David Williams believes the Southeastern Conference is already well established as a power conference.
So adding another school — or two, or three, or four — wouldn’t bolster the league. Vanderbilt’s vice chancellor of athletics is concerned, in fact, that expansion could hurt the SEC.
“I know a lot of people say, ‘Well you could have a format like in the pros,’” Williams said. “I think we want to make sure we keep the collegiate part of it. When you start to develop this concept of super conferences based on large numbers, you run the risk of [losing] that. One of the great parts about the SEC is — and that doesn’t mean we don’t have disagreements — there are 12 like-minded places that seem to fit together. You always want to be careful about letting it get too big where you are just trying to fill a spot. Then you start to mess up some of the great chemistry.”
When Texas A&M announced less than two weeks ago that it would like to join the SEC, the Aggies opened the door for the makings of a “super conference.” Speculation arose that Clemson, Florida State and Missouri could join them.
The SEC’s presidents and chancellors met last week and agreed to stay put with just 12 members. Florida president Bernie Machen, however, did say, that “future conditions may make it advantageous to expand the numbers of institutions in the league.”
“We all like 12 schools,” Williams said. “We have great chemistry. It is nice but if the market dictates something like that ... but that is really the conference working on that. I think the SEC is pretty competitive right now. I can’t imagine it getting more competitive.”
Texas A&M’s possible departure from the Big 12 stems around football. The Aggies want to get out of the shadow of Texas, which recently launched the Longhorn Network.
While Texas has been a constant national power, especially over the last decade, A&M is no slouch. The Aggies were 9-4 last year, reaching the Cotton Bowl, and are ranked eighth in the Associated Press’ preseason Top 25 poll.
If Texas A&M were to join the SEC, it would strengthen what is already considered the toughest football league in the country. For Vanderbilt, which is coming off consecutive 2-10 seasons, that might not be a welcome sight.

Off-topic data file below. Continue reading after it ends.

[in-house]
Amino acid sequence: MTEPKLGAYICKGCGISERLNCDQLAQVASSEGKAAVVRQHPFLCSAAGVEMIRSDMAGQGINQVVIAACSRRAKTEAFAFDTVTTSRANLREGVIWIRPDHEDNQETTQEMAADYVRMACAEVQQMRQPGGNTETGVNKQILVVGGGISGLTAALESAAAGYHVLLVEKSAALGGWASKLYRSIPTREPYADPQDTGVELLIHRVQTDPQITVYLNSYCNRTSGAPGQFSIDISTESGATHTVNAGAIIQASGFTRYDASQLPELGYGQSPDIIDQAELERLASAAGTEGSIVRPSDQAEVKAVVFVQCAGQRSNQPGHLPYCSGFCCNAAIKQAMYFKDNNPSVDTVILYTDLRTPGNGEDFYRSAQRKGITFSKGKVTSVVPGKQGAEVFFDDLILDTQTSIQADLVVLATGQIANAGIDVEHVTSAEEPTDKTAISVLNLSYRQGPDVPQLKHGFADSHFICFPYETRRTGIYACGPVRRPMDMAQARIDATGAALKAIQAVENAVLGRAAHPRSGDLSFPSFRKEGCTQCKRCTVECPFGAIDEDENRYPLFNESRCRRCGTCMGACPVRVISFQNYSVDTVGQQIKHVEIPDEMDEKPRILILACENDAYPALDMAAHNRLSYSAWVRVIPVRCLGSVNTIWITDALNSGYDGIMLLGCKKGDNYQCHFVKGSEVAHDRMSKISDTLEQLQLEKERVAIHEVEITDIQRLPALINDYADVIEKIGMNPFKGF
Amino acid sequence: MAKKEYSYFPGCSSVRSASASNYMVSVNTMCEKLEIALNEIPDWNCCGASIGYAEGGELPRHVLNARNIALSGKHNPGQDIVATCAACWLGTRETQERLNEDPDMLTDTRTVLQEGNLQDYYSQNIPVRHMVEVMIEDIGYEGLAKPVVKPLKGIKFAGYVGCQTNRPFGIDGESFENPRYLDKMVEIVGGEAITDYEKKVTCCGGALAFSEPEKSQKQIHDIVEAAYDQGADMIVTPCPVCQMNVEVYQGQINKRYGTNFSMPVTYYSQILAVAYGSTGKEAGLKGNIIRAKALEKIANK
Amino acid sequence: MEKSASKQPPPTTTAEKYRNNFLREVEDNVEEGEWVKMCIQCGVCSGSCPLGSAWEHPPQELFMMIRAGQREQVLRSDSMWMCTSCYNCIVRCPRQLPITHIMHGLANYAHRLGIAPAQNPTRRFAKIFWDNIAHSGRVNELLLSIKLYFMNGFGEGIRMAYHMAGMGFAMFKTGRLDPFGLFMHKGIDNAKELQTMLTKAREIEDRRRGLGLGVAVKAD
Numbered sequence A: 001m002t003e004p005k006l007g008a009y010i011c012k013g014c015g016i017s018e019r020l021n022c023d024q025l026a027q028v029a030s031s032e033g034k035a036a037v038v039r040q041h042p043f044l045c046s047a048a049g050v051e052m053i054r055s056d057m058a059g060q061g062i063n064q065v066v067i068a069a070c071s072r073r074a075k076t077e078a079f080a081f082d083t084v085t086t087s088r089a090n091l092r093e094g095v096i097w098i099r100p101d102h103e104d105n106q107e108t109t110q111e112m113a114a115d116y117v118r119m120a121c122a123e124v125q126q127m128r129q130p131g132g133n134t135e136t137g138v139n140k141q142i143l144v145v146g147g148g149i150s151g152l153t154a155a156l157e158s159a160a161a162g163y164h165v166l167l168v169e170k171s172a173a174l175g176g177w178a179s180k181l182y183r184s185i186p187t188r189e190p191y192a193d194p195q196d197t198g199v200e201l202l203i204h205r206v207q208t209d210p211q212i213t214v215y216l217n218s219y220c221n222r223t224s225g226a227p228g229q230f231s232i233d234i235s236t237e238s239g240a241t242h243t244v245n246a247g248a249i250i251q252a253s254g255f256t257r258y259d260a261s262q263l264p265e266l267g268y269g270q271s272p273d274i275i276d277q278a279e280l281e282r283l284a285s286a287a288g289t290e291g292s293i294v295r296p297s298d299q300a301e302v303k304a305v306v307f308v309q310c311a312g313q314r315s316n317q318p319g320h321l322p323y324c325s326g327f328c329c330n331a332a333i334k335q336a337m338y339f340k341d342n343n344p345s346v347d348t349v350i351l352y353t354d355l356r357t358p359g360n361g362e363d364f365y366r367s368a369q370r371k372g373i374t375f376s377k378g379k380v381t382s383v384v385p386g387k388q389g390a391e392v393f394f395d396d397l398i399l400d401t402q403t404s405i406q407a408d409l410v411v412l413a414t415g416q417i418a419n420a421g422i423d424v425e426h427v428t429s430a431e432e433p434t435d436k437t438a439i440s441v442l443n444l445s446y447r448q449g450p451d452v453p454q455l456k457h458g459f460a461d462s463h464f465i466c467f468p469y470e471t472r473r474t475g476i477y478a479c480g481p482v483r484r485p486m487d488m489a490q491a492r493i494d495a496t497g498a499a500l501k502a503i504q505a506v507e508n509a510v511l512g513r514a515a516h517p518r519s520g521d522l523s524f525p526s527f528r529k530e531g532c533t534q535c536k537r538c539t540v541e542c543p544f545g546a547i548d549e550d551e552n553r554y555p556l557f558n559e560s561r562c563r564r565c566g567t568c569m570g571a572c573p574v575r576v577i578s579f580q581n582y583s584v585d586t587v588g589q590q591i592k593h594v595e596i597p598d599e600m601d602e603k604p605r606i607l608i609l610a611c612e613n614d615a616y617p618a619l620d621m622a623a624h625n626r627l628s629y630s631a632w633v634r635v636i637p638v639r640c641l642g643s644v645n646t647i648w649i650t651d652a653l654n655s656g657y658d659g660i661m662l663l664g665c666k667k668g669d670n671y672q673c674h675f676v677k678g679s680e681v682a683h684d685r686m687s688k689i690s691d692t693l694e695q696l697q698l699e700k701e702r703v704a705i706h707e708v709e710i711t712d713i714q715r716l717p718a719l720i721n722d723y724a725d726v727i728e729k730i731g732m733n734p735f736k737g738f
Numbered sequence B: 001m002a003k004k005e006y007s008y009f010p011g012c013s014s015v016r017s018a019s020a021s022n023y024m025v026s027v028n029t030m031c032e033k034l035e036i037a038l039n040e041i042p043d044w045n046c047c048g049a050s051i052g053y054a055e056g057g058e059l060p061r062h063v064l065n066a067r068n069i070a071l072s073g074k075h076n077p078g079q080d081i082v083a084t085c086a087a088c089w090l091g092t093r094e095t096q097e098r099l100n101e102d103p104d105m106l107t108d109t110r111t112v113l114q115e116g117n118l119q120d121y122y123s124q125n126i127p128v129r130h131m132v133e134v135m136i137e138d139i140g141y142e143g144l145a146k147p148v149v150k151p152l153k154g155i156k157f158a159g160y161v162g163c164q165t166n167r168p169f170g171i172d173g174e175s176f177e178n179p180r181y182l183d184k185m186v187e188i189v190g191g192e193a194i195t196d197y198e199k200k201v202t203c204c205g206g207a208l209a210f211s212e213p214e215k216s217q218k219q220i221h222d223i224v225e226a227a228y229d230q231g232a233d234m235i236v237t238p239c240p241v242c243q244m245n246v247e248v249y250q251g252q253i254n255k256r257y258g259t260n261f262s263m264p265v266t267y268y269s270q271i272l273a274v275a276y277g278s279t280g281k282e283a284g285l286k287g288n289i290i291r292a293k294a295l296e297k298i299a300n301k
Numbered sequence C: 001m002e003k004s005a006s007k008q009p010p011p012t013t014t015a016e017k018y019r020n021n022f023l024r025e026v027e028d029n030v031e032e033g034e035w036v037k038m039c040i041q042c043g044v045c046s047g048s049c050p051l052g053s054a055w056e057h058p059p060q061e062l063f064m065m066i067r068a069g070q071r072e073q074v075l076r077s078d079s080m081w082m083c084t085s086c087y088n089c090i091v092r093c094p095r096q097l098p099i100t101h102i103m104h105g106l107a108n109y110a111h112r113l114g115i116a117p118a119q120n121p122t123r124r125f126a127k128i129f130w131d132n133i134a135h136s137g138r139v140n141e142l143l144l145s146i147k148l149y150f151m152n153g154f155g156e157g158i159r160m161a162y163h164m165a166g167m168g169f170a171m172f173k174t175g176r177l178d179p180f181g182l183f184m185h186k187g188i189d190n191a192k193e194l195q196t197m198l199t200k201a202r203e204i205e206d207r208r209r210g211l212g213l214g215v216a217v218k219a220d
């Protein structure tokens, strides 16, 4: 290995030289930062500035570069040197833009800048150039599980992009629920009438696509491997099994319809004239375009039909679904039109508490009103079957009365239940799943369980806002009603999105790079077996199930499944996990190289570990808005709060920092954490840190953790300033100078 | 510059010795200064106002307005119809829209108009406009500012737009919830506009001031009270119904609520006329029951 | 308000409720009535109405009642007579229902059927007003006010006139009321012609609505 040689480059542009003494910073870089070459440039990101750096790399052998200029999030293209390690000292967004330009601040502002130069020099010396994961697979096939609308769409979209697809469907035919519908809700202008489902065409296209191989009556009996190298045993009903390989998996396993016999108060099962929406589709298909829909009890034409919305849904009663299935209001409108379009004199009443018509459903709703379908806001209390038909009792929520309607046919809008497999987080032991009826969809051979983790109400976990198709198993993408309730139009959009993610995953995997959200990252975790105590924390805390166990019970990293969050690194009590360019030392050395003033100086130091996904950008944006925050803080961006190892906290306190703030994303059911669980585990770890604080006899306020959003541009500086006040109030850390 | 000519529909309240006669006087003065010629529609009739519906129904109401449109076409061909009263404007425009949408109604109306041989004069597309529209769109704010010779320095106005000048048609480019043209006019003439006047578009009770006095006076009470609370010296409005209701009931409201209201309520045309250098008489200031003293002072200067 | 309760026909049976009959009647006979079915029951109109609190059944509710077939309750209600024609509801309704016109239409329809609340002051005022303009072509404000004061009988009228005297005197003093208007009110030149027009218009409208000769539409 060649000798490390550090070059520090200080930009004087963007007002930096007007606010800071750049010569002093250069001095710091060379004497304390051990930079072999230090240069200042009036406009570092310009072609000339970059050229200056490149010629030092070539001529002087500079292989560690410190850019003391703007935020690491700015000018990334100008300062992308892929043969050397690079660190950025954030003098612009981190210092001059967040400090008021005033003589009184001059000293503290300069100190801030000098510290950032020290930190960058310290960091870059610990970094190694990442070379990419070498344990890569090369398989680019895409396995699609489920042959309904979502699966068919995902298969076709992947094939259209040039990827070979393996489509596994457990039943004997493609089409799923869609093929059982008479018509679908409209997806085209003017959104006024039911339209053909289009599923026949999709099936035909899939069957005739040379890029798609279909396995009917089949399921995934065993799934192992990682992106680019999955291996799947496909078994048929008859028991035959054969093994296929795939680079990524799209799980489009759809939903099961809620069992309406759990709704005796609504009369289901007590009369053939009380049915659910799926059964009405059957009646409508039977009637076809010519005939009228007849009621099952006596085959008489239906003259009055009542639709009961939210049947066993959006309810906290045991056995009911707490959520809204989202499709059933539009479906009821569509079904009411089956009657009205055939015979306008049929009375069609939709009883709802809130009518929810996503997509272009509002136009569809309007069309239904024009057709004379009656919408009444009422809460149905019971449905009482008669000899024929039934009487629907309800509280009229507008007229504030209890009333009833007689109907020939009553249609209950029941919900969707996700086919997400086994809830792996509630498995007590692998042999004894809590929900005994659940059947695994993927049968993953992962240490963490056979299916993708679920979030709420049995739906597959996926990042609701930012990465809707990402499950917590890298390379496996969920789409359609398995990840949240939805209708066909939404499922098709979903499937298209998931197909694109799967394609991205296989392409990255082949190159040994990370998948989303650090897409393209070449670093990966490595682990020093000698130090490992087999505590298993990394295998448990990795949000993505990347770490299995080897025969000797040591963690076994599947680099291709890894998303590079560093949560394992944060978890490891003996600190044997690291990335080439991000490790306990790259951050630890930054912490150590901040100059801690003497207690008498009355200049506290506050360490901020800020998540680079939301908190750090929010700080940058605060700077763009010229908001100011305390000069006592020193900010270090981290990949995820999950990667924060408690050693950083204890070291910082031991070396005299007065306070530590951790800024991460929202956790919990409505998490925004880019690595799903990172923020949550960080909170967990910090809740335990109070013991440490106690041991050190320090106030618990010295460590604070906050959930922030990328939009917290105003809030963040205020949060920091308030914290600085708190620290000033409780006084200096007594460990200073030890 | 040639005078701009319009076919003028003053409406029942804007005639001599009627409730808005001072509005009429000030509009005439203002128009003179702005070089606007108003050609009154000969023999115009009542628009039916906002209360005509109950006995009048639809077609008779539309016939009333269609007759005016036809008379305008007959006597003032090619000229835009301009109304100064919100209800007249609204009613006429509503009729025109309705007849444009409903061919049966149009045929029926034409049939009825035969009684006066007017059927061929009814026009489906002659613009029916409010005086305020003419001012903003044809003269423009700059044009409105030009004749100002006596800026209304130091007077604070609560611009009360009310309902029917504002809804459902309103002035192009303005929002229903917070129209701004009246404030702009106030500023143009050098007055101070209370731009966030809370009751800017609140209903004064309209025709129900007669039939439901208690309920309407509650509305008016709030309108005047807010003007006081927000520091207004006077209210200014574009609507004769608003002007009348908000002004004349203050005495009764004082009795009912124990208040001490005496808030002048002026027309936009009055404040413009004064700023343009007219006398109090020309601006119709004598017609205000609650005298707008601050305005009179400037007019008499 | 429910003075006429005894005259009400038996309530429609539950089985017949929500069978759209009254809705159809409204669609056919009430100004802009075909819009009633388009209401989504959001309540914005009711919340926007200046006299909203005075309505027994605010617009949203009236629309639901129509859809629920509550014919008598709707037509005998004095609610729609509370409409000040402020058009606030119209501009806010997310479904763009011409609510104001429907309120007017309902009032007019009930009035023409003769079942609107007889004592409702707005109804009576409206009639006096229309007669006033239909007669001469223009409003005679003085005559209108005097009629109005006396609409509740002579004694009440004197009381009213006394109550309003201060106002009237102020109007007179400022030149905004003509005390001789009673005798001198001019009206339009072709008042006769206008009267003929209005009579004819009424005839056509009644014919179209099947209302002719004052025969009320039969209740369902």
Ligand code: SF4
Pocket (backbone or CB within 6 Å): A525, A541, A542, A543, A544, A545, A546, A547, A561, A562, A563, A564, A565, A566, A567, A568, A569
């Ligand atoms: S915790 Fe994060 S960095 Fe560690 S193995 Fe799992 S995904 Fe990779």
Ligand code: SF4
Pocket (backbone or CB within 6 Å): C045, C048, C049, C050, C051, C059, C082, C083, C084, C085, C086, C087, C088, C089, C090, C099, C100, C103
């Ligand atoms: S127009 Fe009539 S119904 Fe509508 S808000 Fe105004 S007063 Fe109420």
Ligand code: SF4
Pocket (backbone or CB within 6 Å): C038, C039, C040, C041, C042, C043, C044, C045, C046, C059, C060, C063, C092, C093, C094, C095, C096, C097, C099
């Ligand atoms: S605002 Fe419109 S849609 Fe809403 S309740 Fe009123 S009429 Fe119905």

“We have enough of our own issues to worry about,” football coach James Franklin said. “We have a very capable and talented commissioner [Mike Slive]. Whatever he thinks is best for the conference he’ll do. I focus on Vanderbilt and everything we have to do, which is a big enough job on its own.”
Landing an SEC school in Texas could open up the recruiting waters in all sports. The Big 12 has a stranglehold on the top prospects in the state right now. But if A&M joined the SEC, it would give member schools more of a reason to recruit the state.
Williams, however, argues Vanderbilt is already in Texas. Five football players hail from the Lone Star State. Plus, the baseball team has a handful of players with Texas roots.
“We have to be very, very diligent in finding those kids from all over the country who can basically handle the academics but at the same time want to play in the toughest conference,” Williams said. “We can’t rely on being in Tennessee [for a majority of the recruits] because we have some friends over in Knoxville and that’s the state university. ... It really doesn’t make any difference if there is a university in that state or not. We are going to be there.”
Still, Williams doesn’t want to see his squads traveling outside of the Southeast region on a consistent basis. His main argument against expanding to 16 teams is that scheduling will become an irksome task. He also believes it takes away from the “college” aspect. He fears the student-athlete is at risk.
Longer travel means more missed classes (the Big East is a perfect example as its 16 schools must trek from, for example, Milwaukee to Louisville to Syracuse to Tampa). Thus a good chunk of the revenue made from a bigger football market would be poured into travel expenses.
If the SEC does eventually add Texas A&M and company and becomes the first league to have 16 schools with football, will there be a snowball effect? Could more 16-team conferences be on the horizon? Does this leave the lesser profile, mid-major conferences behind in more than just football?
Williams doesn’t know and he doesn’t want to find out.
“Growth for growth’s sake is not always the best thing,” he said. “What is the advantage of 16 teams? Do you now have four conferences of 16 and you got 64 teams and it is those 64 that boo-boo all the rest of the colleges? I would hate to see that. No, that is not something I would look forward to.”